Mark and Angel are doing the holidays differently this year.
For starters, they are only buying gifts if Mark is able to pick up the extra freelance jobs and Angel finds extra catering work. They are optimistic about getting gifts as they both have been hustling the past few months. However, they are committed to financial recovery and health this year so they are ready to stop extra spending if necessary.
October family activities are a little different this year, high on creativity and low on cost. Mark and Angel take their growing family of three little boys on Day trips to Pumpkin patches and the ocean. For food, it’s trips to Taco Bell on the beach and free pumpkin mazes- not expensive fish restaurants.
Angel is spending a lot of time cleaning and organizing their home now. With a big move this past year, there is a lot to go through and she doesn’t want to spend December in cleaning mode.
“I want to clean now so I can enjoy our home more later,” Angel says.
By later, I know she means the holidays. It might be October now, but Mark and Angel are keeping their eye on the upcoming holiday season, preparing to celebrate in a rather counter-cultural way: low on money, high on hospitality and quality (and quantity) time with friends and family.
For the modern girl who is on the run this season, here is some news she may enjoy hearing: the holidays don’t have to run her down.
In fact, the time between Thanksgiving and New Years could turn into a season of rejuvenation and celebration. Rejuvenate during the Christmas season? It almost sounds like an oxymoron, doesn’t? After all, this is the time of year that starts out with a bang on Black Friday (it really starts in the grocery stores during Thanksgiving week, and doesn’t end until after New Year’s Day- when the gift cards are redeemed, the decorations taken down and the resolutions put on the shelf (resolutions are mostly a nostalgic ritual anyways, right?)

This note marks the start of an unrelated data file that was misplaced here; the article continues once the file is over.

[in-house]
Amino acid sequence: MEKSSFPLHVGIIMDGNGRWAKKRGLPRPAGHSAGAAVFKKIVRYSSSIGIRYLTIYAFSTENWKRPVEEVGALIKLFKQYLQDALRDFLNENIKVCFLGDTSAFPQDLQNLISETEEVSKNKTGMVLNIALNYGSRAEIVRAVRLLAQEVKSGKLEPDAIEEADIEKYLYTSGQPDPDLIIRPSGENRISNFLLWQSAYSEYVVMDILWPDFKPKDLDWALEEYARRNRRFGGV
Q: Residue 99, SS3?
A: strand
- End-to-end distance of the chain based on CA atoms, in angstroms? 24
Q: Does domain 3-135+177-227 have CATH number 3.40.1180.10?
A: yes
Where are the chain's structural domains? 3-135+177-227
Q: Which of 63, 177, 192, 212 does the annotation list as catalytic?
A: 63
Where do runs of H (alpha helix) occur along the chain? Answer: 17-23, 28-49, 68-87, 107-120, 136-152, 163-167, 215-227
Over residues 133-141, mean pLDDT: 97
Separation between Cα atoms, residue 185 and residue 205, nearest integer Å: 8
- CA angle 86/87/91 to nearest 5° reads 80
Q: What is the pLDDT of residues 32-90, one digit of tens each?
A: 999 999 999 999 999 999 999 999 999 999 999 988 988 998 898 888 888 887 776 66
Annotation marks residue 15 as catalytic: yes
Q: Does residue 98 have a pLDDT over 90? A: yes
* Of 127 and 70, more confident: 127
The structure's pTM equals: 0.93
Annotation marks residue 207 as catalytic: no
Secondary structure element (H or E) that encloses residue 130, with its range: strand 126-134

Some people like the go-go-go sprint of the season. If so, read no further. Keep on keeping on. (I’ll send you a Stress Relief Kit in January).
If you have other ideas about how the season might be spent, you are in the right place at the right time.
Focus on your priorities by differentiating what are the big things and what are the little things that will get your finite time, resources and energy this season.
We are constantly at the beck and call of the urgent. Have you noticed that whatever urgent thing comes up turns into a mini-crisis that needs our attention? But other people’s drama doesn’t need to be your emergency. This goes for the family member who is having another meltdown and the teacher who has committed to the impossible for the Christmas presentation. Mismatched handmade costumes will probably be just fine- and cuter- than expensive catalog ordered costumes. Your friend should probably think about professional counseling for the reoccurring, cyclical crisis that keeps coming.